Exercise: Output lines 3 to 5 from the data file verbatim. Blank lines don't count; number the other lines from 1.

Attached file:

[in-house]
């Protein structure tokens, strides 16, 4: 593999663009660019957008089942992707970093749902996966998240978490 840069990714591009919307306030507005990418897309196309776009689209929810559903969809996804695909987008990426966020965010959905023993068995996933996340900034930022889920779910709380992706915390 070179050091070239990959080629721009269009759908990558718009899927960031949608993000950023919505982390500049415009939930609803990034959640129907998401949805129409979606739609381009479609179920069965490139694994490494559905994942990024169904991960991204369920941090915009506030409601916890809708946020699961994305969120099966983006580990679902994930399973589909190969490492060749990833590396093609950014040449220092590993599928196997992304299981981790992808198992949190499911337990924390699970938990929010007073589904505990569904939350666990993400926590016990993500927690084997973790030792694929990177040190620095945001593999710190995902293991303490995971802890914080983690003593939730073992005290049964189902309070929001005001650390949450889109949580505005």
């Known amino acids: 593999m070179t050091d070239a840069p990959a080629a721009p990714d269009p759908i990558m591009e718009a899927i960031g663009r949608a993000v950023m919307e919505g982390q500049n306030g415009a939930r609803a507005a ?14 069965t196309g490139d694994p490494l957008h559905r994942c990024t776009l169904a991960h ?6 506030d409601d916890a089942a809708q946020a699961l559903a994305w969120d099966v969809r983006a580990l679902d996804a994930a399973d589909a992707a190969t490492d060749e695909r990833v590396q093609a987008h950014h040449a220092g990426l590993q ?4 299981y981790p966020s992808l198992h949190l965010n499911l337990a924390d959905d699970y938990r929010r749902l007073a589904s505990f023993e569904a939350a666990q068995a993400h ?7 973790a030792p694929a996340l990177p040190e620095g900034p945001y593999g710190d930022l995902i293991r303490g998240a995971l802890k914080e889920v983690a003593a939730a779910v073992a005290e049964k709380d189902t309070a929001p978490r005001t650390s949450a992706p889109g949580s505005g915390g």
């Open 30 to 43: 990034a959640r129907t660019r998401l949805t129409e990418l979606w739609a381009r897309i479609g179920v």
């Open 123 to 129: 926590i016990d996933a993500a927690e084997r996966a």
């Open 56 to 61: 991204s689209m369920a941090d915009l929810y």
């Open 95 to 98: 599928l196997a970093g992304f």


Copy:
């Known amino acids: 593999m070179t050091d070239a840069p990959a080629a721009p990714d269009p759908i990558m591009e718009a899927i960031g663009r949608a993000v950023m919307e919505g982390q500049n306030g415009a939930r609803a507005a ?14 069965t196309g490139d694994p490494l957008h559905r994942c990024t776009l169904a991960h ?6 506030d409601d916890a089942a809708q946020a699961l559903a994305w969120d099966v969809r983006a580990l679902d996804a994930a399973d589909a992707a190969t490492d060749e695909r990833v590396q093609a987008h950014h040449a220092g990426l590993q ?4 299981y981790p966020s992808l198992h949190l965010n499911l337990a924390d959905d699970y938990r929010r749902l007073a589904s505990f023993e569904a939350a666990q068995a993400h ?7 973790a030792p694929a996340l990177p040190e620095g900034p945001y593999g710190d930022l995902i293991r303490g998240a995971l802890k914080e889920v983690a003593a939730a779910v073992a005290e049964k709380d189902t309070a929001p978490r005001t650390s949450a992706p889109g949580s505005g915390g």
């Open 30 to 43: 990034a959640r129907t660019r998401l949805t129409e990418l979606w739609a381009r897309i479609g179920v």
């Open 123 to 129: 926590i016990d996933a993500a927690e084997r996966a």